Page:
A model framework to retrieve thermodynamic and kinetic properties of organic aerosol from composition-resolved thermal desorption measurements
Rinnakkaistallenteen versiopublished version
MetadataNäytä kaikki kuvailutiedot
ViittausSchobesberger, Siegfried. D'Ambro, Emma L. Lopez-Hilfiker, Felipe D. Mohr, Claudia. Thornton, Joel A. (2018). A model framework to retrieve thermodynamic and kinetic properties of organic aerosol from composition-resolved thermal desorption measurements. ATMOSPHERIC CHEMISTRY AND PHYSICS, 18 (20) , 14757-14785. 10.5194/acp-18-14757-2018.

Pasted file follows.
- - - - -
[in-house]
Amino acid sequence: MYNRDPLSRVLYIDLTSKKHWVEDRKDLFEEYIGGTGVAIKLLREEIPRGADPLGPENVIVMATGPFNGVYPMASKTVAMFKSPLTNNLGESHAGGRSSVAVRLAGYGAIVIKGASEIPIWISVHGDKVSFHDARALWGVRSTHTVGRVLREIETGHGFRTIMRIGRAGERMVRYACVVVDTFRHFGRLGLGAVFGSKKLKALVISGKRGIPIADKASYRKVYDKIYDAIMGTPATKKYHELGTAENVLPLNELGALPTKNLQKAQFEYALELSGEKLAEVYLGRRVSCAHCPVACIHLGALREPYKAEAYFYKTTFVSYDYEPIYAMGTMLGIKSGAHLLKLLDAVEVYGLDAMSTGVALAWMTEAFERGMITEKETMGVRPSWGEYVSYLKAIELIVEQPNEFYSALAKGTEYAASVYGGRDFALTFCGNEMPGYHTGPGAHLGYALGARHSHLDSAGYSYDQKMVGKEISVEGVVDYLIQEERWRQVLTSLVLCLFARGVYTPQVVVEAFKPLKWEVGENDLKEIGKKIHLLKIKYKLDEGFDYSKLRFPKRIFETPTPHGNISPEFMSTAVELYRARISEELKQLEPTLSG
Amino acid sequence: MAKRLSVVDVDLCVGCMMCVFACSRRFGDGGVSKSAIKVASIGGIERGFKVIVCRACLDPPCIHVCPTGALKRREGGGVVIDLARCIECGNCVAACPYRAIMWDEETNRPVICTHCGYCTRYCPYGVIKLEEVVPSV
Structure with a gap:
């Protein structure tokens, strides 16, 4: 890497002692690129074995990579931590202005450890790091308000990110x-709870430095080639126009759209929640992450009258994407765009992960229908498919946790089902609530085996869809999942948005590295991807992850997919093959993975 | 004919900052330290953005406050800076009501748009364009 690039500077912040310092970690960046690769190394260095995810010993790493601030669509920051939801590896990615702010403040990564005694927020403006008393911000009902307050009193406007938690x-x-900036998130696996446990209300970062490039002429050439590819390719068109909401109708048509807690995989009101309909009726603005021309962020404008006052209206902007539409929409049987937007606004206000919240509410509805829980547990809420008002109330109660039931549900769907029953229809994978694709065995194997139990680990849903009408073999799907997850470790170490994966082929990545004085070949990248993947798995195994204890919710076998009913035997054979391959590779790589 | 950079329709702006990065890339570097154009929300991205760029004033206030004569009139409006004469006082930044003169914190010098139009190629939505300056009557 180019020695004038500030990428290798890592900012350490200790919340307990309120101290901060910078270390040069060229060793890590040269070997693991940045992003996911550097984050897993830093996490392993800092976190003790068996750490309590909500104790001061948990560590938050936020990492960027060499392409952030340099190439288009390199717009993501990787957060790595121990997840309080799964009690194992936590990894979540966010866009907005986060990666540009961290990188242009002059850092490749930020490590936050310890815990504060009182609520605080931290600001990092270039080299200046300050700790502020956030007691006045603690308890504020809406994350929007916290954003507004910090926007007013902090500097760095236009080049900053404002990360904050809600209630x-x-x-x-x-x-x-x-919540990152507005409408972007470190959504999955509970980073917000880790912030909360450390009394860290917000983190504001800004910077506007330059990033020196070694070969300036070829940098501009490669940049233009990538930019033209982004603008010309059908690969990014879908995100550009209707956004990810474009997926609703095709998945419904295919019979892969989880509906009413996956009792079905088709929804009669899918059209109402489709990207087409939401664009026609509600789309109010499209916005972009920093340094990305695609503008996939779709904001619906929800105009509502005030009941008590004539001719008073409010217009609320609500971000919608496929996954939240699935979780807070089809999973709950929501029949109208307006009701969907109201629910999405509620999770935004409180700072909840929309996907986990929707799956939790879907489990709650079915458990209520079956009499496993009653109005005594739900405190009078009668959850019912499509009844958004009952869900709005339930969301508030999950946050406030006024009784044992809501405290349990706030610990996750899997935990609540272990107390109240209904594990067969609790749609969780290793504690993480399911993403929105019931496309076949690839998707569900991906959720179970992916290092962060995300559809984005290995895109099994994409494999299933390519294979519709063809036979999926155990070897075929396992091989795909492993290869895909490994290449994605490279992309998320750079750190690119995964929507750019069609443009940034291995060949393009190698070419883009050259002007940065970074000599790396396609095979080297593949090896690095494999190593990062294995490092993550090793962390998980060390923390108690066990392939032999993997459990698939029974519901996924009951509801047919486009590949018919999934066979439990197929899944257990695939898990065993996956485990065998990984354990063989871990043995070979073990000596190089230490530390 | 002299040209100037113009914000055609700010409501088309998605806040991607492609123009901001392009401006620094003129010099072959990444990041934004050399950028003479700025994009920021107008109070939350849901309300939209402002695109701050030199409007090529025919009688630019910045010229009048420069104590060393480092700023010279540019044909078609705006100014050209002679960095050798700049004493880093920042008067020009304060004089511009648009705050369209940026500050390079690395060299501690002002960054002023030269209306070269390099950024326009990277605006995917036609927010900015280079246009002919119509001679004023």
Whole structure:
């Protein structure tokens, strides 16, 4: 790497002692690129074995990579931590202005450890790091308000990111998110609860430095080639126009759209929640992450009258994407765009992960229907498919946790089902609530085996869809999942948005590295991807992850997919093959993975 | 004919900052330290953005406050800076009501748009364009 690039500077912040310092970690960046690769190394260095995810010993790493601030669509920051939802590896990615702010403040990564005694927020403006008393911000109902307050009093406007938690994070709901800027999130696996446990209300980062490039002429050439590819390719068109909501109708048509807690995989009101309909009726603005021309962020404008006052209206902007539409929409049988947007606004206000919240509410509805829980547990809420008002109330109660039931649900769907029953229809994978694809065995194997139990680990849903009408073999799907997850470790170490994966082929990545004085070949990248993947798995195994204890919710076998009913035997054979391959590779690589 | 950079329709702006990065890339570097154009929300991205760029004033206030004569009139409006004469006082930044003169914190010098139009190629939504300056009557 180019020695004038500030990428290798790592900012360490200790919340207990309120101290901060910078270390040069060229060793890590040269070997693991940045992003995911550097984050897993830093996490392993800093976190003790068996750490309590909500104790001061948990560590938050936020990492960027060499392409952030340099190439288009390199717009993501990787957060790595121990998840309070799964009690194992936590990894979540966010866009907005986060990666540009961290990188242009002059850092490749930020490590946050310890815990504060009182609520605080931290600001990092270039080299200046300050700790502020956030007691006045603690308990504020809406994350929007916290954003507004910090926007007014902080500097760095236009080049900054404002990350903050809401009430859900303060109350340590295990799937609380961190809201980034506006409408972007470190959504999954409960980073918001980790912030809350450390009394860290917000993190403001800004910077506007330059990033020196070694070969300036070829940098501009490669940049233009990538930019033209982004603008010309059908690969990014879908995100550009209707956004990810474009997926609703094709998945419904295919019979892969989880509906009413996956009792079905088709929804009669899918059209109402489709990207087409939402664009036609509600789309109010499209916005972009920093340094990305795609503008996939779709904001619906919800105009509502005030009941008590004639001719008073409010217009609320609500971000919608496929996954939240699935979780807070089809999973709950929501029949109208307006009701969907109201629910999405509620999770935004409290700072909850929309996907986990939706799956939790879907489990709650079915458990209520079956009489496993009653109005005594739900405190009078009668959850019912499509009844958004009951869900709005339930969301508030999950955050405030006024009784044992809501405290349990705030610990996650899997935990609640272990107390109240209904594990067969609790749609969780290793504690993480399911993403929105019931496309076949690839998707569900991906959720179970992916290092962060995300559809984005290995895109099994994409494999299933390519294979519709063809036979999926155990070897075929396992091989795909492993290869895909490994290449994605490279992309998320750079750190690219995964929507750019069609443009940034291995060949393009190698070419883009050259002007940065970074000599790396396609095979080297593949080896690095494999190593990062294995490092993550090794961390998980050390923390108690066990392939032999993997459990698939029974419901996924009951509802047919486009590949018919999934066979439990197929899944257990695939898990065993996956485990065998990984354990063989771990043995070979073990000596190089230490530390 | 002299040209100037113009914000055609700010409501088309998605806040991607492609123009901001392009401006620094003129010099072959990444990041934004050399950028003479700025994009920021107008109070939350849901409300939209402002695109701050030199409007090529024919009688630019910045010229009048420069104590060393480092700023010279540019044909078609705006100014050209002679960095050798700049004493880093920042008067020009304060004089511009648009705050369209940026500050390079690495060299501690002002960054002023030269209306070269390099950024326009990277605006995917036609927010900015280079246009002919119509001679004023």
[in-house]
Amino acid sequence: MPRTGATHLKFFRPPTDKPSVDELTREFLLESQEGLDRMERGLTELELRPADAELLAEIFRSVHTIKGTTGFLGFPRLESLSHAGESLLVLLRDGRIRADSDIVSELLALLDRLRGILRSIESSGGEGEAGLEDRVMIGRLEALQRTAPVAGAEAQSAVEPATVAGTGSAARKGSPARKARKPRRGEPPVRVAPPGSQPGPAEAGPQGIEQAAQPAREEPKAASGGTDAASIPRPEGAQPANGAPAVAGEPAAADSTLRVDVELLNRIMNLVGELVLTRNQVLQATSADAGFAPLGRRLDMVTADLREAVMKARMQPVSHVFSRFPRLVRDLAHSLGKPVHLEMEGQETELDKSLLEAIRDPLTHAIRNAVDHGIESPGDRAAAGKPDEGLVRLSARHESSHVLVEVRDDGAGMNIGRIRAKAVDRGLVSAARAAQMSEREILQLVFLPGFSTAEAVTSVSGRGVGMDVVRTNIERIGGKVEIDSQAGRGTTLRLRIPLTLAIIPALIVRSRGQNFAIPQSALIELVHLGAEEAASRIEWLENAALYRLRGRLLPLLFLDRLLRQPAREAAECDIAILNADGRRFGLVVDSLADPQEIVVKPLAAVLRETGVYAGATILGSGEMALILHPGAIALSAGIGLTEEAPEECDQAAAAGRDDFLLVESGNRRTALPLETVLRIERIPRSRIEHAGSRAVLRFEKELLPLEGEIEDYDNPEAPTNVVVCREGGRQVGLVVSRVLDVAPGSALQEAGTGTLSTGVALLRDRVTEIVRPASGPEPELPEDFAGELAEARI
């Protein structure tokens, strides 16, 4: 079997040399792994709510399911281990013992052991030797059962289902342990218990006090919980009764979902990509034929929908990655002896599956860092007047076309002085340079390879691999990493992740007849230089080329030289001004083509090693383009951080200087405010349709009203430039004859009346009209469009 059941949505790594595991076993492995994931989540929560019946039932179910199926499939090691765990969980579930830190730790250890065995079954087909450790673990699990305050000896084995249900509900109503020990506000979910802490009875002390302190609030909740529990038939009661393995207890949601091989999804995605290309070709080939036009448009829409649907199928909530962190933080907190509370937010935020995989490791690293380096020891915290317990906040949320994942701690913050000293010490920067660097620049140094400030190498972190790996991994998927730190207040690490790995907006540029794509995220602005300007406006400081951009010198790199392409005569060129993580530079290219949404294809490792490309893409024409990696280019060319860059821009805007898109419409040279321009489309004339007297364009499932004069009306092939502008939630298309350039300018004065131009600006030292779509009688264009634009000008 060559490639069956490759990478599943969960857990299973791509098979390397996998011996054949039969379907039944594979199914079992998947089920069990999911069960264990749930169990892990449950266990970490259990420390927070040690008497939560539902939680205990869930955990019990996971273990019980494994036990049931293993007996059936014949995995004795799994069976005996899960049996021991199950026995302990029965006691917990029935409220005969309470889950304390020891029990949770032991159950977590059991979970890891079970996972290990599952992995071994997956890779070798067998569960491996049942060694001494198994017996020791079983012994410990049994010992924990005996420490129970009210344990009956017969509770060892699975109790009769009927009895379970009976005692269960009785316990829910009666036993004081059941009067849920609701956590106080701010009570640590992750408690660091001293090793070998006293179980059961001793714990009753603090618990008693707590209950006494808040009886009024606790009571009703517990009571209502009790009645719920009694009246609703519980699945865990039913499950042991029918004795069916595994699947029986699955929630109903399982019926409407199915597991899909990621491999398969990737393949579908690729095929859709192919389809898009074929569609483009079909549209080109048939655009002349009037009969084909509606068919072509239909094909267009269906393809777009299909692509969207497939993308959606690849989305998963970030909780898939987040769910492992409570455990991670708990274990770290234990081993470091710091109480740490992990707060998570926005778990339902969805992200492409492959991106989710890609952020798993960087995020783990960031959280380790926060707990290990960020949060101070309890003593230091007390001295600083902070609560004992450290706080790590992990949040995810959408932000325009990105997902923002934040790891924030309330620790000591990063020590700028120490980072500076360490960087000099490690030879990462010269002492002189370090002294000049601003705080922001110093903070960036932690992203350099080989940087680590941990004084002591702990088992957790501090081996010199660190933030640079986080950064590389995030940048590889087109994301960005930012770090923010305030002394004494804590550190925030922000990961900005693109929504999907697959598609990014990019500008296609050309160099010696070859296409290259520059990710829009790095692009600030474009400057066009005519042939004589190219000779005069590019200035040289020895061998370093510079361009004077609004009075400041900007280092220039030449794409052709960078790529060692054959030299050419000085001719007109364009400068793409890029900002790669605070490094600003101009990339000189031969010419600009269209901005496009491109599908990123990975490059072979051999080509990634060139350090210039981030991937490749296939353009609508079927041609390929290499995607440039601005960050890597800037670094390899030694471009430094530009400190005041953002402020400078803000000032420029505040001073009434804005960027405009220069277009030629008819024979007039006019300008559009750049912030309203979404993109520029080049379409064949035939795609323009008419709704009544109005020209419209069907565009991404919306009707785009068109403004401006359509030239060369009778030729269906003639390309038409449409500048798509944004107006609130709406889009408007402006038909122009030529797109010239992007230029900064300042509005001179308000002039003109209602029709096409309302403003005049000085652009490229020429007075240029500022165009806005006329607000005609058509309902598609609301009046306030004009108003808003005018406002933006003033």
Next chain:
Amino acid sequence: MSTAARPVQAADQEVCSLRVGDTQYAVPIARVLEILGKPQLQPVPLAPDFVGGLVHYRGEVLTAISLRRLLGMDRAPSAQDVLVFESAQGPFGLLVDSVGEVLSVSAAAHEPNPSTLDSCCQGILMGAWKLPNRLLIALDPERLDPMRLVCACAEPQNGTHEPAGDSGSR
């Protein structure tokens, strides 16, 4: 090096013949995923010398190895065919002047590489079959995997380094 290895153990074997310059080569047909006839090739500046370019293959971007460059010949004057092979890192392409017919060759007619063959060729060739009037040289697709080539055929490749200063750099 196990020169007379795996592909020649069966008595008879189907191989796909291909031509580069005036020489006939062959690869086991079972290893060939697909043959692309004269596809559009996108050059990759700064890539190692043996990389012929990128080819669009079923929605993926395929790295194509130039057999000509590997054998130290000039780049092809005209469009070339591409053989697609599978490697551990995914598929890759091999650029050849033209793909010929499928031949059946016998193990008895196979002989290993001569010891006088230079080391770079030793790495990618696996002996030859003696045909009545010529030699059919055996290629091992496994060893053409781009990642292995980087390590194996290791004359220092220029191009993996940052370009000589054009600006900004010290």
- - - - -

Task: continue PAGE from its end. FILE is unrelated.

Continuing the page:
Chemical ionization mass spectrometer (CIMS) techniques have been developed that allow for quantitative and composition-resolved measurements of organic compounds as they desorb from secondary organic aerosol (SOA) particles, in particular during their heat-induced evaporation. One such technique employs the Filter Inlet for Gases and AEROsol (FIGAERO). Here, we present a newly developed model framework with the main aim of reproducing FIGAERO-CIMS thermograms: signal vs. ramped desorption temperature. The model simulates the desorption of organic compounds during controlled heating of filter-sampled SOA particles, plus the subsequent transport of these compounds through the FIGAERO manifold into an iodide-CIMS. Desorption is described by a modified Hertz–Knudsen equation and controlled chiefly by the temperature-dependent saturation concentration C*, mass accommodation (evaporation) coefficient, and particle surface area. Subsequent transport is governed by interactions with filter and manifold surfaces. Reversible accretion reactions (oligomer formation and decomposition) and thermal decomposition are formally described following the Arrhenius relation. We use calibration experiments to tune instrument-specific parameters and then apply the model to a test case: measurements of SOA generated from dark ozonolysis of α-pinene. We then discuss the ability of the model to describe thermograms from simple calibration experiments and from complex SOA, and the associated implications for the chemical and physical properties of the SOA. For major individual compositions observed in our SOA test case (#C = 8 to 10), the thermogram peaks can typically be described by assigning C*25 °C values in the range 0.05 to 5µgm−3, leaving the larger, high-temperature fractions (>50%) of the thermograms to be described by thermal decomposition, with dissociation rates on the order of ∼ 1h−1 at 25°C. We conclude with specific experimental designs to better constrain instrumental model parameters and to aid in resolving remaining ambiguities in the interpretation of more complex SOA thermogram behaviors. The model allows retrieval of quantitative volatility and mass transport information from FIGAERO thermograms, and for examining the effects of various environmental or chemical conditions on such properties.